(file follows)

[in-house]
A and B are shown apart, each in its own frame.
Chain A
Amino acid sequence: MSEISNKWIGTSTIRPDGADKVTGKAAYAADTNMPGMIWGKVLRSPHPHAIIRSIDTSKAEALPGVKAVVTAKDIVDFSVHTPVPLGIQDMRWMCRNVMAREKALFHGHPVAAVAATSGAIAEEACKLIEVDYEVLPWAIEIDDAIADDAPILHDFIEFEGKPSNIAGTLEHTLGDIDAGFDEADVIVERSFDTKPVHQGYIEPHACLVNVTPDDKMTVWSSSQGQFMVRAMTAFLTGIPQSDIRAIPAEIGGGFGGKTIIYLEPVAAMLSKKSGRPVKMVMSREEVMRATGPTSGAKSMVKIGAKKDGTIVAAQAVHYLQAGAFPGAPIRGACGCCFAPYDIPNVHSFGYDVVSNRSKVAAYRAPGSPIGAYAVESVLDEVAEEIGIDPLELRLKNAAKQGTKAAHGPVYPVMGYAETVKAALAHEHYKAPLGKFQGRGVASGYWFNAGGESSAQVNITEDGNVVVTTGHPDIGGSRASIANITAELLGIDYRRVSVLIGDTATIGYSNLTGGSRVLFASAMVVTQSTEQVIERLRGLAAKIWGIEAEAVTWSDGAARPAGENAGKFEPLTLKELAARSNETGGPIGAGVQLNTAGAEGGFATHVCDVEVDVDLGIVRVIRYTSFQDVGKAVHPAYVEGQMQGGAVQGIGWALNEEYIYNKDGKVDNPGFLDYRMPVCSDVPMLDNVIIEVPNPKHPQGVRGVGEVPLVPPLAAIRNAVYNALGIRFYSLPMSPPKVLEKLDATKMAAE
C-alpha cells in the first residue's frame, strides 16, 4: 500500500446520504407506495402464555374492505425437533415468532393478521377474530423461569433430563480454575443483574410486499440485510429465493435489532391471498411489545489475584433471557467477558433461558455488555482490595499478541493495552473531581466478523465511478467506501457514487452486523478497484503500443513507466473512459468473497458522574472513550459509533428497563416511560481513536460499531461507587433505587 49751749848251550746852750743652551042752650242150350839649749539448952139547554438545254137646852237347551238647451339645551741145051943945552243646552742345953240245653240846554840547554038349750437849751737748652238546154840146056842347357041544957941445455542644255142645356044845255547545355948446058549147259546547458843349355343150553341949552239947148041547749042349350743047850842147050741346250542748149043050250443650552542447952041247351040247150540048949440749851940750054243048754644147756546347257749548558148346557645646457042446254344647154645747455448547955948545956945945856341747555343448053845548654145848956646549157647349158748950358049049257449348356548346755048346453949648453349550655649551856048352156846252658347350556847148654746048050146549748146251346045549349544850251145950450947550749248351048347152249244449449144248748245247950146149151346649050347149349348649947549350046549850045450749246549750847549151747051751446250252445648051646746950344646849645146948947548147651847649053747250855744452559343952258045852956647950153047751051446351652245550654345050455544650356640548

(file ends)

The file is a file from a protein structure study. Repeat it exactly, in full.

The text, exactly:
[in-house]
A and B are shown apart, each in its own frame.
Chain A
Amino acid sequence: MSEISNKWIGTSTIRPDGADKVTGKAAYAADTNMPGMIWGKVLRSPHPHAIIRSIDTSKAEALPGVKAVVTAKDIVDFSVHTPVPLGIQDMRWMCRNVMAREKALFHGHPVAAVAATSGAIAEEACKLIEVDYEVLPWAIEIDDAIADDAPILHDFIEFEGKPSNIAGTLEHTLGDIDAGFDEADVIVERSFDTKPVHQGYIEPHACLVNVTPDDKMTVWSSSQGQFMVRAMTAFLTGIPQSDIRAIPAEIGGGFGGKTIIYLEPVAAMLSKKSGRPVKMVMSREEVMRATGPTSGAKSMVKIGAKKDGTIVAAQAVHYLQAGAFPGAPIRGACGCCFAPYDIPNVHSFGYDVVSNRSKVAAYRAPGSPIGAYAVESVLDEVAEEIGIDPLELRLKNAAKQGTKAAHGPVYPVMGYAETVKAALAHEHYKAPLGKFQGRGVASGYWFNAGGESSAQVNITEDGNVVVTTGHPDIGGSRASIANITAELLGIDYRRVSVLIGDTATIGYSNLTGGSRVLFASAMVVTQSTEQVIERLRGLAAKIWGIEAEAVTWSDGAARPAGENAGKFEPLTLKELAARSNETGGPIGAGVQLNTAGAEGGFATHVCDVEVDVDLGIVRVIRYTSFQDVGKAVHPAYVEGQMQGGAVQGIGWALNEEYIYNKDGKVDNPGFLDYRMPVCSDVPMLDNVIIEVPNPKHPQGVRGVGEVPLVPPLAAIRNAVYNALGIRFYSLPMSPPKVLEKLDATKMAAE
C-alpha cells in the first residue's frame, strides 16, 4: 500500500446520504407506495402464555374492505425437533415468532393478521377474530423461569433430563480454575443483574410486499440485510429465493435489532391471498411489545489475584433471557467477558433461558455488555482490595499478541493495552473531581466478523465511478467506501457514487452486523478497484503500443513507466473512459468473497458522574472513550459509533428497563416511560481513536460499531461507587433505587 49751749848251550746852750743652551042752650242150350839649749539448952139547554438545254137646852237347551238647451339645551741145051943945552243646552742345953240245653240846554840547554038349750437849751737748652238546154840146056842347357041544957941445455542644255142645356044845255547545355948446058549147259546547458843349355343150553341949552239947148041547749042349350743047850842147050741346250542748149043050250443650552542447952041247351040247150540048949440749851940750054243048754644147756546347257749548558148346557645646457042446254344647154645747455448547955948545956945945856341747555343448053845548654145848956646549157647349158748950358049049257449348356548346755048346453949648453349550655649551856048352156846252658347350556847148654746048050146549748146251346045549349544850251145950450947550749248351048347152249244449449144248748245247950146149151346649050347149349348649947549350046549850045450749246549750847549151747051751446250252445648051646746950344646849645146948947548147651847649053747250855744452559343952258045852956647950153047751051446351652245550654345050455544650356640548